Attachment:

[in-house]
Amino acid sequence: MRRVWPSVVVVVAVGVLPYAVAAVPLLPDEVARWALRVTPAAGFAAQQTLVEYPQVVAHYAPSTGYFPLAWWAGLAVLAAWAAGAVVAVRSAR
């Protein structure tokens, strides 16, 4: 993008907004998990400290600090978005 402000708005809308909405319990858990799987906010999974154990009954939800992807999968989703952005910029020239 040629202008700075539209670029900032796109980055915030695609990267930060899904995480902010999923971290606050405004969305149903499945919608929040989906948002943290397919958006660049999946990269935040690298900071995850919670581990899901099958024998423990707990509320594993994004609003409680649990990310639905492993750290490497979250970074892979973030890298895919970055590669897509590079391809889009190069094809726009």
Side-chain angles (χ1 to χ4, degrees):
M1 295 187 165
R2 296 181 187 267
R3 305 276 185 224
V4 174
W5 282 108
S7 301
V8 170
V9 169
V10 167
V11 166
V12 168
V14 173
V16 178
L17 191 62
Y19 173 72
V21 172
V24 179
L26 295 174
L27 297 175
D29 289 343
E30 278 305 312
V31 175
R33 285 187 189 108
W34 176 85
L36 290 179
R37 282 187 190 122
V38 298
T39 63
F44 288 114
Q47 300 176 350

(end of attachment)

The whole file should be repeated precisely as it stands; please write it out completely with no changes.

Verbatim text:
[in-house]
Amino acid sequence: MRRVWPSVVVVVAVGVLPYAVAAVPLLPDEVARWALRVTPAAGFAAQQTLVEYPQVVAHYAPSTGYFPLAWWAGLAVLAAWAAGAVVAVRSAR
């Protein structure tokens, strides 16, 4: 993008907004998990400290600090978005 402000708005809308909405319990858990799987906010999974154990009954939800992807999968989703952005910029020239 040629202008700075539209670029900032796109980055915030695609990267930060899904995480902010999923971290606050405004969305149903499945919608929040989906948002943290397919958006660049999946990269935040690298900071995850919670581990899901099958024998423990707990509320594993994004609003409680649990990310639905492993750290490497979250970074892979973030890298895919970055590669897509590079391809889009190069094809726009």
Side-chain angles (χ1 to χ4, degrees):
M1 295 187 165
R2 296 181 187 267
R3 305 276 185 224
V4 174
W5 282 108
S7 301
V8 170
V9 169
V10 167
V11 166
V12 168
V14 173
V16 178
L17 191 62
Y19 173 72
V21 172
V24 179
L26 295 174
L27 297 175
D29 289 343
E30 278 305 312
V31 175
R33 285 187 189 108
W34 176 85
L36 290 179
R37 282 187 190 122
V38 298
T39 63
F44 288 114
Q47 300 176 350